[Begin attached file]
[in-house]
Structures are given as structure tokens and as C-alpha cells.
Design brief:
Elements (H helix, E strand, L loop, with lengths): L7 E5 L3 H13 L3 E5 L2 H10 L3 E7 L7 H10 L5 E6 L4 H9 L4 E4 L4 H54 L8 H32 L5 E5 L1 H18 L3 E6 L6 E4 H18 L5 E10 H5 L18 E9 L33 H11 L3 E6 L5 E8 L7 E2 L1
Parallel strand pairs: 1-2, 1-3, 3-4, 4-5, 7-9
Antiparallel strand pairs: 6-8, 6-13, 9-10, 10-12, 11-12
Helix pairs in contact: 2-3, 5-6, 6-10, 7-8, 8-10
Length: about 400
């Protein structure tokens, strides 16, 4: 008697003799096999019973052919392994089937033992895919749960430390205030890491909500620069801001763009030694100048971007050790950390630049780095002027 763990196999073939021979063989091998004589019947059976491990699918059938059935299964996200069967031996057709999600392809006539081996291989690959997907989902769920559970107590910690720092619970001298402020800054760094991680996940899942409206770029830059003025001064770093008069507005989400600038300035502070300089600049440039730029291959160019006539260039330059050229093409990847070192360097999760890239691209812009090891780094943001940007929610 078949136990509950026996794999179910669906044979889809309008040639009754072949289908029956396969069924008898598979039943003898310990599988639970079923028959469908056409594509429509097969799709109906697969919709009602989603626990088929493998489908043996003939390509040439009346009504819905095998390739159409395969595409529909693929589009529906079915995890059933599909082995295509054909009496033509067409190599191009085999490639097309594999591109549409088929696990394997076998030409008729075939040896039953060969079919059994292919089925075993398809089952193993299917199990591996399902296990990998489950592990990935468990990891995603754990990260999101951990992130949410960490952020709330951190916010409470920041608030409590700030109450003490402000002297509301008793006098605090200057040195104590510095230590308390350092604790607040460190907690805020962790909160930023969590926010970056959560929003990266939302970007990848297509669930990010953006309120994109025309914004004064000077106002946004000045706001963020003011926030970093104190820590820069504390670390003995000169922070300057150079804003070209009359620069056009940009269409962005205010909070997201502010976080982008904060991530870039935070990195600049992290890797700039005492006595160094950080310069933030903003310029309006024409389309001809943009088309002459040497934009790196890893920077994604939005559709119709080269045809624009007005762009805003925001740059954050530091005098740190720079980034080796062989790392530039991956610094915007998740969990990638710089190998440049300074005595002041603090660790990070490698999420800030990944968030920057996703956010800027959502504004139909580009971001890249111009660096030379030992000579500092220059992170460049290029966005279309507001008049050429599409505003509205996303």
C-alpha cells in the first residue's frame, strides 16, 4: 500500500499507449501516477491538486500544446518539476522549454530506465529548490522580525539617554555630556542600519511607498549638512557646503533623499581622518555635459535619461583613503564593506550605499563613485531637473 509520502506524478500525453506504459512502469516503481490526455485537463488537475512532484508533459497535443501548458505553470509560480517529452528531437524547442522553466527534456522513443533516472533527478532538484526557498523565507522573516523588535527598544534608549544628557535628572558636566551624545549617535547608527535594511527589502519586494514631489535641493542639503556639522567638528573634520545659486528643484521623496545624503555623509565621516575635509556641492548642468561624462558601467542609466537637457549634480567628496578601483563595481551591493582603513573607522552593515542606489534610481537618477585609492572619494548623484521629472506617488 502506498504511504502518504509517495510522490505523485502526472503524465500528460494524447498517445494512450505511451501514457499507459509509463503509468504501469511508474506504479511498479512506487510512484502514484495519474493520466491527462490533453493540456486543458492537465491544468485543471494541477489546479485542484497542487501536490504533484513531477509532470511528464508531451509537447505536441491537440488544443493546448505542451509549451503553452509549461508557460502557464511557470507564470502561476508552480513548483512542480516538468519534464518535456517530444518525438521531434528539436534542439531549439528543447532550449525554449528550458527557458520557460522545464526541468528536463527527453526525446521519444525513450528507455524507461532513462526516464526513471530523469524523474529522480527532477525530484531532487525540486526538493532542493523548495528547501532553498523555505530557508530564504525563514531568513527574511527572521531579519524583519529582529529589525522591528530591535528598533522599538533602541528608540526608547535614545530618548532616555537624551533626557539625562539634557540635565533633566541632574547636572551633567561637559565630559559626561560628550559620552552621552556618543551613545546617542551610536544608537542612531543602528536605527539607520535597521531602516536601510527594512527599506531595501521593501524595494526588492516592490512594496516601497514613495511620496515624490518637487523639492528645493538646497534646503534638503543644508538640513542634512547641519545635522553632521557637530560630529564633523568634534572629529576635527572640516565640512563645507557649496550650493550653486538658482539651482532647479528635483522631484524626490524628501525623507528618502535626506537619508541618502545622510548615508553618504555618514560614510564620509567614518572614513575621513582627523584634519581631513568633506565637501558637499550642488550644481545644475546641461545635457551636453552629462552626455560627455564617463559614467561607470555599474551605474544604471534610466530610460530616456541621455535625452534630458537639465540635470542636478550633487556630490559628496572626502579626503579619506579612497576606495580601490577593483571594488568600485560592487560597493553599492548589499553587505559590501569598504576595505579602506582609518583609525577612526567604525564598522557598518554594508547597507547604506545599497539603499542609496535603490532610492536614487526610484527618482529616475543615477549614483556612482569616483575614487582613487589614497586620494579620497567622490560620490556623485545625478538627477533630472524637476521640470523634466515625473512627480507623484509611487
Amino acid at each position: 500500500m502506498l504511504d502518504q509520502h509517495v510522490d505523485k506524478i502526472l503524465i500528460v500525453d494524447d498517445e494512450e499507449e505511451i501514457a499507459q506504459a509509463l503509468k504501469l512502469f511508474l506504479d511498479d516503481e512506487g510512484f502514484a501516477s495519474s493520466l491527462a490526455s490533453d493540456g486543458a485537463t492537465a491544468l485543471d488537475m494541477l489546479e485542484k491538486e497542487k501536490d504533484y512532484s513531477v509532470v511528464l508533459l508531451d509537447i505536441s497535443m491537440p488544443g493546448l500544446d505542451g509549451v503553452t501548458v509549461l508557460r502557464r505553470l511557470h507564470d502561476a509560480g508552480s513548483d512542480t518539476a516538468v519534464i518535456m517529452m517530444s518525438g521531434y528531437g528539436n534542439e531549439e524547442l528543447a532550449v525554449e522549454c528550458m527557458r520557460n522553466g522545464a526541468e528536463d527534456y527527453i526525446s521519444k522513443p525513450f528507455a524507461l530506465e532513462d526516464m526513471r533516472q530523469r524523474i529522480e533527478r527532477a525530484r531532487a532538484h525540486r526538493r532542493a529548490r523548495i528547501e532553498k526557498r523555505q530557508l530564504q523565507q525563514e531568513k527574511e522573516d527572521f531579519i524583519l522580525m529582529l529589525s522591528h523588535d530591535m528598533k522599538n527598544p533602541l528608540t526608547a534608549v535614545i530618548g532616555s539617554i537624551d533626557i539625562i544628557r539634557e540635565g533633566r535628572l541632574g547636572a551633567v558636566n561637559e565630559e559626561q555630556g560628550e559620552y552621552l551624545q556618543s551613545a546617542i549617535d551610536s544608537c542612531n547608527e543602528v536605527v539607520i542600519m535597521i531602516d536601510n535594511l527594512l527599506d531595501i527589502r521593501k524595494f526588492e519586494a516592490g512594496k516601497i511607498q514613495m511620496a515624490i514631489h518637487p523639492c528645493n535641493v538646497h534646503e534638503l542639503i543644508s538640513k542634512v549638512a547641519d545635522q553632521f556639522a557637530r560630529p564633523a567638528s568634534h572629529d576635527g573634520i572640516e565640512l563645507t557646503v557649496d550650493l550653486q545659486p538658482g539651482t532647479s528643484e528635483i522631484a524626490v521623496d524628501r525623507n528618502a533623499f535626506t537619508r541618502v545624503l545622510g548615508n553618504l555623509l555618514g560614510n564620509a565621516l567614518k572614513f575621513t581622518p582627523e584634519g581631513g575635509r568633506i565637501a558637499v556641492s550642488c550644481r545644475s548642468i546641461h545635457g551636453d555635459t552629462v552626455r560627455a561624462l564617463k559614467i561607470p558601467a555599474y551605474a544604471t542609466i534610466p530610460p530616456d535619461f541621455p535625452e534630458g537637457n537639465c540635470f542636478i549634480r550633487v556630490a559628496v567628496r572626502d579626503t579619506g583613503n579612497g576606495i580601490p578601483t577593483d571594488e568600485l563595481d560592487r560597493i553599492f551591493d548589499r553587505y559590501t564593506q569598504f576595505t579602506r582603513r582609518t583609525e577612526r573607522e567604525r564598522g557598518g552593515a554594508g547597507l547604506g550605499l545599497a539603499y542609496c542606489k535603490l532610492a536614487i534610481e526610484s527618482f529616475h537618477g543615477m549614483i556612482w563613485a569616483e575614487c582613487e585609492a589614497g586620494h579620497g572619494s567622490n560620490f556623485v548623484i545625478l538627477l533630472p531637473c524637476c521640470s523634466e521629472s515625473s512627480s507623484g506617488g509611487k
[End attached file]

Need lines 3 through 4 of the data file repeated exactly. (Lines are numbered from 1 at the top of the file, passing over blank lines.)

Design brief:
Elements (H helix, E strand, L loop, with lengths): L7 E5 L3 H13 L3 E5 L2 H10 L3 E7 L7 H10 L5 E6 L4 H9 L4 E4 L4 H54 L8 H32 L5 E5 L1 H18 L3 E6 L6 E4 H18 L5 E10 H5 L18 E9 L33 H11 L3 E6 L5 E8 L7 E2 L1